Gmail Has Solved Our Email Spam Problem

About a year ago, I switched both my personal and email accounts over to Gmail for Domains. For the uninitiated, this means that we use the Gmail inteeface, but can retain our and address.

Things were bumpy for the first couple of months, but since then it’s been awesome. There are plenty of advantages–great search, no backup anxiety, email access anywhere, a decent and improving web interface, IMAP support (though I don’t use it, it’s nice to know it’s there). However, the biggest change is a fairly subtle one–the grouping of email threads together into conversations. It makes my email usage way more efficient.

Lately I’ve combined Gmail with Mailplane (thanks to Tara for the recommendation), which is kind of an application shell for Gmail. It doesn’t provide a ton of stuff I desperately want, but it does get my email client out of the browser. That, combined with the drag-and-drop attachment functionality, makes it worth the US $25 I paid for a ‘family’ license.

I was reminded to write in praise of Gmail because I spotted this Gmail marketing piece via Digg. It indicates that 70% of the email to Gmail accounts is spam, yet their spam-blocking is so effective that less than 1% gets through.

I believe those numbers. I’ve had my account public for six or seven years, and I maybe receive one to two spam messages in my inbox.

That’s a fantastic improvement over a few years ago. My email spam problem is pretty much solved.

For now.


  1. Having had the same email address for… oh, 9 years or so, I get a bucketload of spam. Currently, my spam folder has 63986 msg’s in it.

    Maybe a dozen of those actually hit my inbox first. Every now and then I’ll get a small flood of spam that is sneaky in a way that gmail hasn’t figured out yet. But once that initial “flood” is gone, it doesn’t come back.

    I love gmail. Love it with a PASSION. We also use gmail for domains at work, and even give it to our hosting clients by default. I can’t say enough good things about it. Wonderful!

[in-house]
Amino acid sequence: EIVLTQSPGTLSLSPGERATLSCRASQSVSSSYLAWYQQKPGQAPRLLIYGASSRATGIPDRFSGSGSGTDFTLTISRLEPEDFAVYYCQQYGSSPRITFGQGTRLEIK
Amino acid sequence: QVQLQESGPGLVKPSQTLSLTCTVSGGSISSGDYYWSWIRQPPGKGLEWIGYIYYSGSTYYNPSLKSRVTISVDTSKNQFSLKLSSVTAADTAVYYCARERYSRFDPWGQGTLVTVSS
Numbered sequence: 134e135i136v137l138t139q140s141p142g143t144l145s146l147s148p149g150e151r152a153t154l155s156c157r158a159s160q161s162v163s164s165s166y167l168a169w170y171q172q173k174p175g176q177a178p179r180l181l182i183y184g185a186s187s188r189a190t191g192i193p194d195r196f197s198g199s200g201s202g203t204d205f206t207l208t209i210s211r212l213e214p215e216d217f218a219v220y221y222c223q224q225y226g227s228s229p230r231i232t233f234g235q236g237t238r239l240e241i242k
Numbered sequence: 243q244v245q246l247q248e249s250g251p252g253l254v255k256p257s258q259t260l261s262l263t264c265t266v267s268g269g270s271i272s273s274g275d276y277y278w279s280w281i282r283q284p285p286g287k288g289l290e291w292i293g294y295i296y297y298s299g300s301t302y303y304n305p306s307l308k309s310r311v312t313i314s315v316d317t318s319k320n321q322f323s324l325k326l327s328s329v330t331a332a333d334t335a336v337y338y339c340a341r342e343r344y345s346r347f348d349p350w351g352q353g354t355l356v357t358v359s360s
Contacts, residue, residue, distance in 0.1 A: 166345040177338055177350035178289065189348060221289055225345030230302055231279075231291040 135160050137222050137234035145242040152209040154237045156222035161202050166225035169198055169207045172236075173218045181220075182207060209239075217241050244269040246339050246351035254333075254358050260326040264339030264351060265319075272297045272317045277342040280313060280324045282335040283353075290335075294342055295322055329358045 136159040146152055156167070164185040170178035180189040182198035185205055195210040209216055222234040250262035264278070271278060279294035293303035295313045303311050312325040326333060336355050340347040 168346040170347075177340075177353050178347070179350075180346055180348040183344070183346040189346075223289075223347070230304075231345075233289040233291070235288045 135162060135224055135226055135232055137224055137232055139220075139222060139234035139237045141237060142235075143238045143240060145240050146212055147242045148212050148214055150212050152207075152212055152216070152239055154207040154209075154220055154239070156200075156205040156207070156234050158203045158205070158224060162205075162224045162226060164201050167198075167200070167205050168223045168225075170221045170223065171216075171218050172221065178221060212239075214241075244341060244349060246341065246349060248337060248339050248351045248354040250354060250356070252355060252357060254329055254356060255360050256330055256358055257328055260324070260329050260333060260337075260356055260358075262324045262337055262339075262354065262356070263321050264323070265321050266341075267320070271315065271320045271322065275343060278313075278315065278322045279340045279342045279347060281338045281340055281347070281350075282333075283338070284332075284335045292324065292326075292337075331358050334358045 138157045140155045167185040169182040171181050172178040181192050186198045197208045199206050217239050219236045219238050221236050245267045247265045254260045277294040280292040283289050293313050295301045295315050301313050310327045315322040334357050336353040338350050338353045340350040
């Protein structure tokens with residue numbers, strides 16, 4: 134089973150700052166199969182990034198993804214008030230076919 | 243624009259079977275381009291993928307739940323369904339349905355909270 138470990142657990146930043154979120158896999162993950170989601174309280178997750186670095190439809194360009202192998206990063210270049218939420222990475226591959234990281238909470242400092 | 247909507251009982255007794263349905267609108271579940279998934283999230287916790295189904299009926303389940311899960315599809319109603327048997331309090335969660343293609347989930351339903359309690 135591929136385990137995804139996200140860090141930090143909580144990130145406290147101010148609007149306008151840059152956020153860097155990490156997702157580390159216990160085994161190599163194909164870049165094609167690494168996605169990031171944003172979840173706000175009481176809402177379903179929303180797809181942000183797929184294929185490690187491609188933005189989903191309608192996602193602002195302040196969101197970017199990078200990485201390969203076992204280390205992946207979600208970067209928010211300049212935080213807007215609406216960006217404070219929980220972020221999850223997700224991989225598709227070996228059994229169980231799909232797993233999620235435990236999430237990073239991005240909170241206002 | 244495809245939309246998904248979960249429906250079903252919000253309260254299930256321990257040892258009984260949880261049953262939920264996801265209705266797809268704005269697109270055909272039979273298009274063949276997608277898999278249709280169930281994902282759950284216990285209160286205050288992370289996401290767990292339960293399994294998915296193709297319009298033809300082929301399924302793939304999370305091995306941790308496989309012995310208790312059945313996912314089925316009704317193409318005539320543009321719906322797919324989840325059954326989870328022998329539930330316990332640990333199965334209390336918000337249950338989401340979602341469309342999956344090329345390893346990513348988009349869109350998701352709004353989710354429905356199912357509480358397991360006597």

2. I wish it worked as well for me. Or, more accurately, I probably *am* getting 1% of the spam, but I get SO MUCH SPAM (same main email address, on my website and elsewhere, now forwarded to Gmail, since 1996) that even a trickle is still a fair bit to deal with.

    I agree that Gmail’s filtering is very good, although I do have another layer of filtering that runs through it before Gmail sees anything. So I only have 4650 spam messages from the past 40 days in Gmail’s Spam box.

  3. I have three spam emails in my Spam folder on GMail. Don’t ask me why. I just LOVE Gmail. As Donna put it, I love Gmail with a passion.

  4. I am addicted (and a choose that word carefully) to Gmail for it’s spam filtering capabilities. Combined with the Google for your domain, it means that I can have a ‘business’ type email (, with the solid email hosting (better security than my own site, anti-spam, better availability).

    The Addiction comes from the spam filters being so good – I find myself putting out the email address on public websites. Many business users that I want to pay me money won’t understand the paulb [at] convention.

    It means I’m now stuck with using Gmail Email hosting, as I can’t go back to my own email server (even with Spam Assassin) as I would just get flooded with Junk.


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